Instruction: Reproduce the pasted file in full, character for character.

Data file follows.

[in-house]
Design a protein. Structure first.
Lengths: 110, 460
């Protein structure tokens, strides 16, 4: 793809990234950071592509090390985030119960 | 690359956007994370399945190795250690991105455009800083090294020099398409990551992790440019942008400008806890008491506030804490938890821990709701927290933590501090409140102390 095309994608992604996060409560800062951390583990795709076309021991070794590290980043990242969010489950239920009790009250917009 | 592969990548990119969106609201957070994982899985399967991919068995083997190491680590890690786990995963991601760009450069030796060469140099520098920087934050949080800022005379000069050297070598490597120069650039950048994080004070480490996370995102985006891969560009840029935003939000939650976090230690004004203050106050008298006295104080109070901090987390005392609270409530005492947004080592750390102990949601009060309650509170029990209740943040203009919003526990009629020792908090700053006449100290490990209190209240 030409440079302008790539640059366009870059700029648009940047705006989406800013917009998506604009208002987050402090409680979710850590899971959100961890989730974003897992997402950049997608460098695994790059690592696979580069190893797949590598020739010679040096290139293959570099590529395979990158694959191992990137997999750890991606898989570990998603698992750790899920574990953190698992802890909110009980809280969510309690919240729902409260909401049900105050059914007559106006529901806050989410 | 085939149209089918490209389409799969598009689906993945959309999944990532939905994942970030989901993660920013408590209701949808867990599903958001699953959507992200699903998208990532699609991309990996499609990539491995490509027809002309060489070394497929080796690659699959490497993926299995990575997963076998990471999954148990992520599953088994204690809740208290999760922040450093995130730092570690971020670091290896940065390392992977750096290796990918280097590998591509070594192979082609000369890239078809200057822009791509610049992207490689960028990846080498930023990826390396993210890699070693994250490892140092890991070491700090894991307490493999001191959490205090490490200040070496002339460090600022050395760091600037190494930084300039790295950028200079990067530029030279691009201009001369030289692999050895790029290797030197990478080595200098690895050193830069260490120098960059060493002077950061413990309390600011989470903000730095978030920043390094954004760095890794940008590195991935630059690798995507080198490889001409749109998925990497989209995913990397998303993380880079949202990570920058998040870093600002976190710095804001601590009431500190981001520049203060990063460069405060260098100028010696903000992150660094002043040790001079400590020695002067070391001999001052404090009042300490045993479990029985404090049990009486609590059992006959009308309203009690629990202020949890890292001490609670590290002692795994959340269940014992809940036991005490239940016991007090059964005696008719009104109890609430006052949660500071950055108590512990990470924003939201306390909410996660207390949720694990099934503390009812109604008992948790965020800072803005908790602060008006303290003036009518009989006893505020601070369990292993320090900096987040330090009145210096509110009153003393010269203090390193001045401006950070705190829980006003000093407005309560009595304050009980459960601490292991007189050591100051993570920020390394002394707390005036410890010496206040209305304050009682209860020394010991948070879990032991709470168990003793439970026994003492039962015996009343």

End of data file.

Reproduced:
[in-house]
Design a protein. Structure first.
Lengths: 110, 460
């Protein structure tokens, strides 16, 4: 793809990234950071592509090390985030119960 | 690359956007994370399945190795250690991105455009800083090294020099398409990551992790440019942008400008806890008491506030804490938890821990709701927290933590501090409140102390 095309994608992604996060409560800062951390583990795709076309021991070794590290980043990242969010489950239920009790009250917009 | 592969990548990119969106609201957070994982899985399967991919068995083997190491680590890690786990995963991601760009450069030796060469140099520098920087934050949080800022005379000069050297070598490597120069650039950048994080004070480490996370995102985006891969560009840029935003939000939650976090230690004004203050106050008298006295104080109070901090987390005392609270409530005492947004080592750390102990949601009060309650509170029990209740943040203009919003526990009629020792908090700053006449100290490990209190209240 030409440079302008790539640059366009870059700029648009940047705006989406800013917009998506604009208002987050402090409680979710850590899971959100961890989730974003897992997402950049997608460098695994790059690592696979580069190893797949590598020739010679040096290139293959570099590529395979990158694959191992990137997999750890991606898989570990998603698992750790899920574990953190698992802890909110009980809280969510309690919240729902409260909401049900105050059914007559106006529901806050989410 | 085939149209089918490209389409799969598009689906993945959309999944990532939905994942970030989901993660920013408590209701949808867990599903958001699953959507992200699903998208990532699609991309990996499609990539491995490509027809002309060489070394497929080796690659699959490497993926299995990575997963076998990471999954148990992520599953088994204690809740208290999760922040450093995130730092570690971020670091290896940065390392992977750096290796990918280097590998591509070594192979082609000369890239078809200057822009791509610049992207490689960028990846080498930023990826390396993210890699070693994250490892140092890991070491700090894991307490493999001191959490205090490490200040070496002339460090600022050395760091600037190494930084300039790295950028200079990067530029030279691009201009001369030289692999050895790029290797030197990478080595200098690895050193830069260490120098960059060493002077950061413990309390600011989470903000730095978030920043390094954004760095890794940008590195991935630059690798995507080198490889001409749109998925990497989209995913990397998303993380880079949202990570920058998040870093600002976190710095804001601590009431500190981001520049203060990063460069405060260098100028010696903000992150660094002043040790001079400590020695002067070391001999001052404090009042300490045993479990029985404090049990009486609590059992006959009308309203009690629990202020949890890292001490609670590290002692795994959340269940014992809940036991005490239940016991007090059964005696008719009104109890609430006052949660500071950055108590512990990470924003939201306390909410996660207390949720694990099934503390009812109604008992948790965020800072803005908790602060008006303290003036009518009989006893505020601070369990292993320090900096987040330090009145210096509110009153003393010269203090390193001045401006950070705190829980006003000093407005309560009595304050009980459960601490292991007189050591100051993570920020390394002394707390005036410890010496206040209305304050009682209860020394010991948070879990032991709470168990003793439970026994003492039962015996009343």